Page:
by Donna Gardiner
Saturday 8 March is International Women’s Day, when people around the globe will come together to celebrate the economic, political and social achievements of women.
Here at the Knowledge Exchange, we thought we would celebrate in the way we know best – by rounding up some of the most important recent research on gender equality issues.
Earlier in the week, PricewaterhouseCoopers launched their latest Women in Work Index – a measure of five key indicators of female economic empowerment, based on data from 2012. It placed the UK 18th out of 27 OECD countries, noting that while some progress had been made, the UK was still behind many other OECD countries, particularly Nordic countries. In particular, the UK had among the lowest rates of women in full-time employment.
Grant Thornton also published research this week which examined the gender gap in employment, focusing in particular on the proportion of senior management roles held by women. It found that on average in 2013, 24% of senior management roles across the world were filled by women, which continued an upward trend since 2010. In China, 51% of senior management positions were held by women, demonstrating that equality is indeed an attainable goal. However, it would seem the UK still has some way to go towards achieving this – it was placed among the bottom ten countries, with only 19% of senior management roles being held by women.
Even for those women who do hold managerial or other senior management positions in the UK, there are significant sectoral disparities, as illustrated by Labour Market Survey data, highlighted in a recent House of Commons Library Standard Note. For example, in Q2 2013, women were poorly represented at the most senior levels of chief executives and senior officials (31.3%), yet comprised the majority of managers and directors in health and social services (66.3%). The gender gap in science, technology, engineering and mathematics (STEM) occupations is a particular area of concern, and was a recent topic of a report by the House of Commons Science and Technology Committee. They reported that, in 2012, only 13% of all STEM jobs in the UK were held by women.
So there is clearly much work still to be done to promote women’s equality within the workplace. But where to start?
The general consensus found by Grant Thornton was that “change begins with education”, citing research which found links between higher education levels and increased female labour market participation. A similar relationship was also reported by a recent Institute for Public Policy Research (IPPR) report, which noted that maternal employment rates rose substantially with educational attainment.
In schools, the House of Commons Science and Technology Committee concluded that providing young women with improved careers information, advice and guidance about occupations traditionally dominated by men is crucial to tackle gender divisions across employment sectors.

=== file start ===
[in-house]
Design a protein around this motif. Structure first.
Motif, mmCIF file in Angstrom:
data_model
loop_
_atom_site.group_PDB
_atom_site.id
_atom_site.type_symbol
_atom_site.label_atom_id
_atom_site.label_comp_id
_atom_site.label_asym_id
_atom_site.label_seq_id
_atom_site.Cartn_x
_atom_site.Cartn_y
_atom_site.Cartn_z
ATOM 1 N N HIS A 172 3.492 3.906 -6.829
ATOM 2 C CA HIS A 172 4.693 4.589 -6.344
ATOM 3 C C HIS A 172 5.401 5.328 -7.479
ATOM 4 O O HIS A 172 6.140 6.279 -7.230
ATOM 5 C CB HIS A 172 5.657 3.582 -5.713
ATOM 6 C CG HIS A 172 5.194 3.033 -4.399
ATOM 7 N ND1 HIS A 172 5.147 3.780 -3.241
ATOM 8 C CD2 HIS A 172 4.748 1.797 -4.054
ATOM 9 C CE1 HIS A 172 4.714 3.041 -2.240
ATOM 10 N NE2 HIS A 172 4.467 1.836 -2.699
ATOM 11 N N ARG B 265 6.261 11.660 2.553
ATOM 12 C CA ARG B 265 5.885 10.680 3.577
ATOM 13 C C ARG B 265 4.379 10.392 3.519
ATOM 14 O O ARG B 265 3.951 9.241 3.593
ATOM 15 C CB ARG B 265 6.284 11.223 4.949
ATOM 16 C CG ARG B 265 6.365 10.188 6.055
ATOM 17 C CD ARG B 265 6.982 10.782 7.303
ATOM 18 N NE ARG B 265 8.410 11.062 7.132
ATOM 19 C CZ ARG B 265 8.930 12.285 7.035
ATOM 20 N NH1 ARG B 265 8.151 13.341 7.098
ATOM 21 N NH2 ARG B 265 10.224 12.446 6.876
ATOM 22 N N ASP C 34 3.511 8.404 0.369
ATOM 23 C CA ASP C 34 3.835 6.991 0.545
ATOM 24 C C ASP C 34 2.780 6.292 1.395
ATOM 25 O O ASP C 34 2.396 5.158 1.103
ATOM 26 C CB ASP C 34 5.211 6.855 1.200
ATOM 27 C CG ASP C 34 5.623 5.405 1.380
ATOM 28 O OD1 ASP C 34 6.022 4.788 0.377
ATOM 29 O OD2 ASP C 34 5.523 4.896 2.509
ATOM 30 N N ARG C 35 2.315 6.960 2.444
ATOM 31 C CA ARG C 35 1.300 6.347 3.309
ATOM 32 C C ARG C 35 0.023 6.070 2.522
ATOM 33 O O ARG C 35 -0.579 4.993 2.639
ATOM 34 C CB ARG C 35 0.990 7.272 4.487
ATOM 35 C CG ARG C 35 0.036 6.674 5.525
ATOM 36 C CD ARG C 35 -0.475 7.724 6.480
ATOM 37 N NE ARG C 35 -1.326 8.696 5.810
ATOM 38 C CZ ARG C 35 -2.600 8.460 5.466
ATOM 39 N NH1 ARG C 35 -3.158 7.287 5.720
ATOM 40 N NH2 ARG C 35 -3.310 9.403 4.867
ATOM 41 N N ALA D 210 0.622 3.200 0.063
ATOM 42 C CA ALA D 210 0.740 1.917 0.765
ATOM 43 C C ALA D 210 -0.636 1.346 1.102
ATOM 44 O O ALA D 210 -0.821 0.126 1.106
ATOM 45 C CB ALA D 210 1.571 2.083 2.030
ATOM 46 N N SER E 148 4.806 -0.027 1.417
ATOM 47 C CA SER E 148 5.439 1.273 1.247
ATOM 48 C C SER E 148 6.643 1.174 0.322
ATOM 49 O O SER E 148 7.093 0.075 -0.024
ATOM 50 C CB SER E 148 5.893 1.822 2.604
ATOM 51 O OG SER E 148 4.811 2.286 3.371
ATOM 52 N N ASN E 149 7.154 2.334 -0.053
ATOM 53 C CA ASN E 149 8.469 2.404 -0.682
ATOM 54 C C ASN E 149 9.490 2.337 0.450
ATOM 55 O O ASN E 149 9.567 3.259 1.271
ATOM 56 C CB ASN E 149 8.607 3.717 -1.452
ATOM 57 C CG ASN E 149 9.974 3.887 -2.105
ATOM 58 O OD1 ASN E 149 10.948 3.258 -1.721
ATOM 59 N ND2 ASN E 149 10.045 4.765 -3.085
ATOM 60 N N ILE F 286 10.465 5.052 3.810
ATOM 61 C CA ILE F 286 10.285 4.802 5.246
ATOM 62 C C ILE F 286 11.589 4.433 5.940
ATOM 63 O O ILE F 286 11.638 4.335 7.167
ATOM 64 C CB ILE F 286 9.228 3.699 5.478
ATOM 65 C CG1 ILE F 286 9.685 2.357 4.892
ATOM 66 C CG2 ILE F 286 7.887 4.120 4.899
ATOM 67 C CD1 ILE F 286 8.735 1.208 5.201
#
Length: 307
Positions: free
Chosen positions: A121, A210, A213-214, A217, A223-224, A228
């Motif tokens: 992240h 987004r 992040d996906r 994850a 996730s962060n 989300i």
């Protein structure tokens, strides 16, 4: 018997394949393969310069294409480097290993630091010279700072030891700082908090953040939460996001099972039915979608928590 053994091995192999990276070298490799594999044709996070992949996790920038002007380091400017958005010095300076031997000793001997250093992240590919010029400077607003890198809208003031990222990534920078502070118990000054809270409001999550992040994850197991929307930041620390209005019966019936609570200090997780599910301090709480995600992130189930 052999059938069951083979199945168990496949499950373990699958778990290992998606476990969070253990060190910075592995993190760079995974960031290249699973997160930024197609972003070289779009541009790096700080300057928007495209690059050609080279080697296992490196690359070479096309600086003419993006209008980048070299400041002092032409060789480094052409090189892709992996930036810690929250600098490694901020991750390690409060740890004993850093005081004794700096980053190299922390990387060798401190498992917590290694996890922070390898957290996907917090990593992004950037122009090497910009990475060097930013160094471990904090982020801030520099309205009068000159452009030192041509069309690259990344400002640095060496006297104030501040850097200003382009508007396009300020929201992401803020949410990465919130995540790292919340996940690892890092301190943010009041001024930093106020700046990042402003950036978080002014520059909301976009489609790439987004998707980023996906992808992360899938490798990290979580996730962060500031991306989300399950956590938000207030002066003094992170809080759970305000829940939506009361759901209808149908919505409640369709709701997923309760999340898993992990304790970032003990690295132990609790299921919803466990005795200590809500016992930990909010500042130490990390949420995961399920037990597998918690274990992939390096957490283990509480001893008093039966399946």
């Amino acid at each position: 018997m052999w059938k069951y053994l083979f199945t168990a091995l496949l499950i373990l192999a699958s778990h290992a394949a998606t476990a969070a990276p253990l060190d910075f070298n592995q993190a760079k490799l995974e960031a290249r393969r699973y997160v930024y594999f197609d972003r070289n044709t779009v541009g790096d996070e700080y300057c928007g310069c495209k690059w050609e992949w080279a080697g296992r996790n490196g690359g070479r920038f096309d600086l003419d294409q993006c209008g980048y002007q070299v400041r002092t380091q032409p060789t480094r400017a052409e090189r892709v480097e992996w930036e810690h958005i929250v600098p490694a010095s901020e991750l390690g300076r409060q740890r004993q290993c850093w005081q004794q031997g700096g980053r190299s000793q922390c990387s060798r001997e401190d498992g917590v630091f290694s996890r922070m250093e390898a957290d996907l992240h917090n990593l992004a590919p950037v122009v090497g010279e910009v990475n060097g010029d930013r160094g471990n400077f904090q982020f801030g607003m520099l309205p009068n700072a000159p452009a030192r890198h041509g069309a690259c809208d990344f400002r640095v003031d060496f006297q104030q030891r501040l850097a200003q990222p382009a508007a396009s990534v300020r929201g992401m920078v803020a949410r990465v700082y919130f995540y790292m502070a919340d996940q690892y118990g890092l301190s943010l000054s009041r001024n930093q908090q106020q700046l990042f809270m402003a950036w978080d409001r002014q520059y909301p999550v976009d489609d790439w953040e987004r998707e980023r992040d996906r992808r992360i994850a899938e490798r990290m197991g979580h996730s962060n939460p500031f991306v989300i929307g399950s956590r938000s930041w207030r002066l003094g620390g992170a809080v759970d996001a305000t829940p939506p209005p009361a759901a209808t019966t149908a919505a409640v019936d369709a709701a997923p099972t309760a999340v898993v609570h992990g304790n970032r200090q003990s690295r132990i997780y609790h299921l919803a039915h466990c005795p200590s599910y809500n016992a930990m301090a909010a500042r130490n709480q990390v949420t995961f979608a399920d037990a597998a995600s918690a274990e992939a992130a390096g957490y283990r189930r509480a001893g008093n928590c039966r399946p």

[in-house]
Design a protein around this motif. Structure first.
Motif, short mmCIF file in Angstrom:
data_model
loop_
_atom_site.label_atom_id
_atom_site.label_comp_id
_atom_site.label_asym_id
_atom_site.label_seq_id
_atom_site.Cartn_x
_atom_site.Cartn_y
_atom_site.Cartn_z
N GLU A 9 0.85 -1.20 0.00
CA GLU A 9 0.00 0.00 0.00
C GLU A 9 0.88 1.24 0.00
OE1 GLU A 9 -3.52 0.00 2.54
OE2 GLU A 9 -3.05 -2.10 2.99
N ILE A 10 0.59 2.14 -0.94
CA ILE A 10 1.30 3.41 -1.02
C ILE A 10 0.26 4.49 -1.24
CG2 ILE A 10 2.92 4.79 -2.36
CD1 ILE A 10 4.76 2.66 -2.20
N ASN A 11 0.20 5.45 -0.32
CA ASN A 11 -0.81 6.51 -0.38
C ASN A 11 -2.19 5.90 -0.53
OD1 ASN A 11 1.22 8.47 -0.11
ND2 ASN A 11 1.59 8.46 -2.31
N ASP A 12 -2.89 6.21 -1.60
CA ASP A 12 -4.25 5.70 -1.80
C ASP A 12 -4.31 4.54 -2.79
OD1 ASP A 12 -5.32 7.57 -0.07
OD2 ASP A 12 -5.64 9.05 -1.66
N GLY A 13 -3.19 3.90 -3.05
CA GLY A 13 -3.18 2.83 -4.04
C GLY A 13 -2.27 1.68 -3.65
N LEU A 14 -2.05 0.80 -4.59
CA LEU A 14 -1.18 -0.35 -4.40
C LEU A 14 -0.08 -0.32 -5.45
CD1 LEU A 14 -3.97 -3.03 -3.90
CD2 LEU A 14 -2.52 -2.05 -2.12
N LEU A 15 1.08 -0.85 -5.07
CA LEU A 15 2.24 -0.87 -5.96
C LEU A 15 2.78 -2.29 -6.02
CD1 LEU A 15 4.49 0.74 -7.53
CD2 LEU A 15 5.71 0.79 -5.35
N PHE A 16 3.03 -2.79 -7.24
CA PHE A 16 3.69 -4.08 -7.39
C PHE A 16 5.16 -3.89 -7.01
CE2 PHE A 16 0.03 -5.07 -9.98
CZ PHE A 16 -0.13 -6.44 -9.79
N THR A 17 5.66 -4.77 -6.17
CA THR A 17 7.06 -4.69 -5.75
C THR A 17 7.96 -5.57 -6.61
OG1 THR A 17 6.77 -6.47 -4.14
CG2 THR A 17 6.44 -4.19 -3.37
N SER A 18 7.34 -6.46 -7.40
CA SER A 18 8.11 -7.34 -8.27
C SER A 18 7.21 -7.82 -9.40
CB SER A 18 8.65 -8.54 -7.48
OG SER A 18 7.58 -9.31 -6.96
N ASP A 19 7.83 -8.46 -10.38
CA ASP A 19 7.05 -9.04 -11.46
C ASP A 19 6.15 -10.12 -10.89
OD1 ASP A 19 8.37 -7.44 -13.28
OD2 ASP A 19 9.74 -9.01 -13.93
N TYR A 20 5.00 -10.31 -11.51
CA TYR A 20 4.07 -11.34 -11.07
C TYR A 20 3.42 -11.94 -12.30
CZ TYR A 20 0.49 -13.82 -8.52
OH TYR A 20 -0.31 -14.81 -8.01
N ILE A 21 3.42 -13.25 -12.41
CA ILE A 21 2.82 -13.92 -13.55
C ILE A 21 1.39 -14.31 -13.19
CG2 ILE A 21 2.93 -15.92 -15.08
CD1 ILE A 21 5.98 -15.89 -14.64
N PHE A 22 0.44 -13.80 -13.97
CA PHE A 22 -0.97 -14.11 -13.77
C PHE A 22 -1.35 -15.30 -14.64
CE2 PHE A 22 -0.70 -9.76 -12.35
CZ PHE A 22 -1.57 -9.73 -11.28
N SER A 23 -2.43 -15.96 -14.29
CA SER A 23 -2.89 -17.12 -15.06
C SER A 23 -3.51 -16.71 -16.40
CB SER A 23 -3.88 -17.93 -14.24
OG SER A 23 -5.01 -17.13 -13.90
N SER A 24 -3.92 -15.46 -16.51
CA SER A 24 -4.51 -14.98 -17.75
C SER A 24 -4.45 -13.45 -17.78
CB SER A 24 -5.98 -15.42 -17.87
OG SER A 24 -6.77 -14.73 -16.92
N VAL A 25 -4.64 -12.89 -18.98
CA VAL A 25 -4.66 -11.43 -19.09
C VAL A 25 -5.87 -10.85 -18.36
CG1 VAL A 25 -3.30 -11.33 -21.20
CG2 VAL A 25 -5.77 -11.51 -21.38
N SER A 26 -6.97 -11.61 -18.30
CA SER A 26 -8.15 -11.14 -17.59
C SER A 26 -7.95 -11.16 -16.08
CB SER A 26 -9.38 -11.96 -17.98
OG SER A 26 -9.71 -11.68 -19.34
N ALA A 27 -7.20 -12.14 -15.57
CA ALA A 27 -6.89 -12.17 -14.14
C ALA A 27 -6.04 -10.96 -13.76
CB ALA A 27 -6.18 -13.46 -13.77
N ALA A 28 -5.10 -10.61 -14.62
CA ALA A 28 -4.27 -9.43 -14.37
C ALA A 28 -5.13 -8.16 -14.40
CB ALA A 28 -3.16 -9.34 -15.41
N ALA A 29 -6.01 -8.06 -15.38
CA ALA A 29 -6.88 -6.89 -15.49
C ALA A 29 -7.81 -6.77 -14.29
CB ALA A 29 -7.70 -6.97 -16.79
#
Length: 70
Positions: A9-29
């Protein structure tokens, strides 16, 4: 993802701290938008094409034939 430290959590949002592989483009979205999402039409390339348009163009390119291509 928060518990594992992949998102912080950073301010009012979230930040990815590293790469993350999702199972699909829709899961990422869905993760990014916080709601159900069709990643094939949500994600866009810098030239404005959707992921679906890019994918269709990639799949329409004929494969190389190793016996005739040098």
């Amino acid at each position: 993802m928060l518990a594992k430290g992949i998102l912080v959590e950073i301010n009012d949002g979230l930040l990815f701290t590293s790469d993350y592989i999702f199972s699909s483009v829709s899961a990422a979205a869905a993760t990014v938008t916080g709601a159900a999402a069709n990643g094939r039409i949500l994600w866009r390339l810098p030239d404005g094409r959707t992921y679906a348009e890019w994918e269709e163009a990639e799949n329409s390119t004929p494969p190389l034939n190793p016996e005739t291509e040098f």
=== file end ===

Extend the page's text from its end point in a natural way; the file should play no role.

And within the workplace, Grant Thornton found that effective talent management was a key factor in the promotion of women. They suggest that employers need to find ways to better support women, and highlight the potential of flexible working among other approaches, such as internships, apprenticeships and tailored career paths.
Women also need to be supported outside of the workplace, as recent research into the costs and availability of childcare has shown. Recent research by the Resolution Foundation, found that four in ten mothers felt that high childcare costs were the main barrier to them entering employment or working more hours. The IPPR also found considerable evidence of a relationship between the greater availability of affordable childcare and increased maternal employment rates, both in terms of the numbers of mothers working and the hours they work.
The government has also taken steps to promote women’s equality within the workplace, and in November 2013 published an action plan, which includes the introduction of shared parental leave, extending the right to request flexible working to all employees, increasing child tax credits for lower income families, and extending the free entitlement to early education.
So, in light of such research findings, expert recommendations and forthcoming policy changes, it is hoped that this time next year, the UK will have made even greater progress towards equality for women.
Articles referred to in this blog (please note you must be a member to access articles)
- Women in Work Index, March 2014
- Women in senior management: setting the stage for growth
- Women in public life, the professions and the boardroom (House of Commons Library standard note SN/SG/5170)
- Women in scientific careers: sixth report of session 2013-14 (HC 701)
- Childmind the gap: reforming childcare to support mothers into work
- Women and the economy: government action plan
- Careers and carers: childcare and maternal labour supply
- Age immaterial: women over 50 in the workplace
- Some subjects still a boy’s own world (gender gap post-16)
- Latest earnings survey shows gender pay gap widening
- Annual survey of hours and earnings, 2013 provisional results
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